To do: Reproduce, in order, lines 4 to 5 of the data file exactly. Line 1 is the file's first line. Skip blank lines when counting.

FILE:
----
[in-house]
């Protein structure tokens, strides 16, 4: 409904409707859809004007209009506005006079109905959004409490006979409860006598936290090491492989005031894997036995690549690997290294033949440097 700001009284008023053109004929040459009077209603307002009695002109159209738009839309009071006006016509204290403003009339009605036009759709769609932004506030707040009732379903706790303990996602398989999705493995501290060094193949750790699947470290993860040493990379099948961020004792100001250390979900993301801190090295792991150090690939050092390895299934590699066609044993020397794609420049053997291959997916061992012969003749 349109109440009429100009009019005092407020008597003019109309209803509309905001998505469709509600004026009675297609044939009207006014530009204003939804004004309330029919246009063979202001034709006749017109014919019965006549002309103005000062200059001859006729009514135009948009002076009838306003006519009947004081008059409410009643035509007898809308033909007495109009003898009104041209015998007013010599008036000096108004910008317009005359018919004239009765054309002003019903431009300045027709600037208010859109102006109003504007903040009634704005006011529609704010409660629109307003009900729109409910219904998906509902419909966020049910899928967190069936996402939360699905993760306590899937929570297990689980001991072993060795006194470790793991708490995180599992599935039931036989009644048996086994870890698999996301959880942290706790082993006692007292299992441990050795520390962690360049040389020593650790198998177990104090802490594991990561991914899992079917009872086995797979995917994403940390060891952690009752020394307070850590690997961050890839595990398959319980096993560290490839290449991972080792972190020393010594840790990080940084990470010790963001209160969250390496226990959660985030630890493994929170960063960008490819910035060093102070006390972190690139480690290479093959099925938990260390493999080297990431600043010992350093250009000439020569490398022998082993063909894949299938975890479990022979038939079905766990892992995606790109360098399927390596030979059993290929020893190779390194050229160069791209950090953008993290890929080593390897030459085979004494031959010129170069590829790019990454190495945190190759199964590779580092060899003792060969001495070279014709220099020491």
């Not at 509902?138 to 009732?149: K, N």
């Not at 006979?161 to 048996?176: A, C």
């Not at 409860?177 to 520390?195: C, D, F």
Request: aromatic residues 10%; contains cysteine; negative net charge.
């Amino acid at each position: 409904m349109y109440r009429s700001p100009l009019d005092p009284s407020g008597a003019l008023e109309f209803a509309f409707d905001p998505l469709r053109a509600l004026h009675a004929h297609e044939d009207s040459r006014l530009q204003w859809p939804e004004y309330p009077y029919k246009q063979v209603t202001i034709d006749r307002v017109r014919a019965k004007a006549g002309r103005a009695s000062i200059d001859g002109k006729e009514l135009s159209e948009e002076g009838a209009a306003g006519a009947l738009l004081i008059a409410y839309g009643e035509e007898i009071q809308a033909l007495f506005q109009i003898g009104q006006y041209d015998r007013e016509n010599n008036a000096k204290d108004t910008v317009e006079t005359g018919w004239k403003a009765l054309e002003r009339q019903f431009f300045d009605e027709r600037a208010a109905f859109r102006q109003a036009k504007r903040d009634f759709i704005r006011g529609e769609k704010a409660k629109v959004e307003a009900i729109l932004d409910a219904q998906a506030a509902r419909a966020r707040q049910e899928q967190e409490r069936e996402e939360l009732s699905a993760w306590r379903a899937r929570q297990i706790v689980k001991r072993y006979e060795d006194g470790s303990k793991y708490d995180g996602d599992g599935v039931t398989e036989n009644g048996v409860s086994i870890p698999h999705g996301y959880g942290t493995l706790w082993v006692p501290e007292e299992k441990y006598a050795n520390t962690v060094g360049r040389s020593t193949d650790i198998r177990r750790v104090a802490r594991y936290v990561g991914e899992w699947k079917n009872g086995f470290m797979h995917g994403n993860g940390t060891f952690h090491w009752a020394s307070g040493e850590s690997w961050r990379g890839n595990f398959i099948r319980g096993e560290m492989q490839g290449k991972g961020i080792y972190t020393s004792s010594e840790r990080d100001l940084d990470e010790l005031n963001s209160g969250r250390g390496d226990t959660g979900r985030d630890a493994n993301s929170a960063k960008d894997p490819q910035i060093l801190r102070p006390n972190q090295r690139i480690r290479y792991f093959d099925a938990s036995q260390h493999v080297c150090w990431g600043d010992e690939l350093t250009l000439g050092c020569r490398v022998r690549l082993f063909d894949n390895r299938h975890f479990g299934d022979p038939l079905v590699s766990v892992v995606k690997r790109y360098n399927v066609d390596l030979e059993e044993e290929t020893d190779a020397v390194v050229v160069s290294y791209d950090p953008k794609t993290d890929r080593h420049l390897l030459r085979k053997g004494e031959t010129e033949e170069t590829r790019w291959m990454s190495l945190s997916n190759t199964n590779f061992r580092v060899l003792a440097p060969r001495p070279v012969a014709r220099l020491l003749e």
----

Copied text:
């Not at 006979?161 to 048996?176: A, C």
């Not at 409860?177 to 520390?195: C, D, F």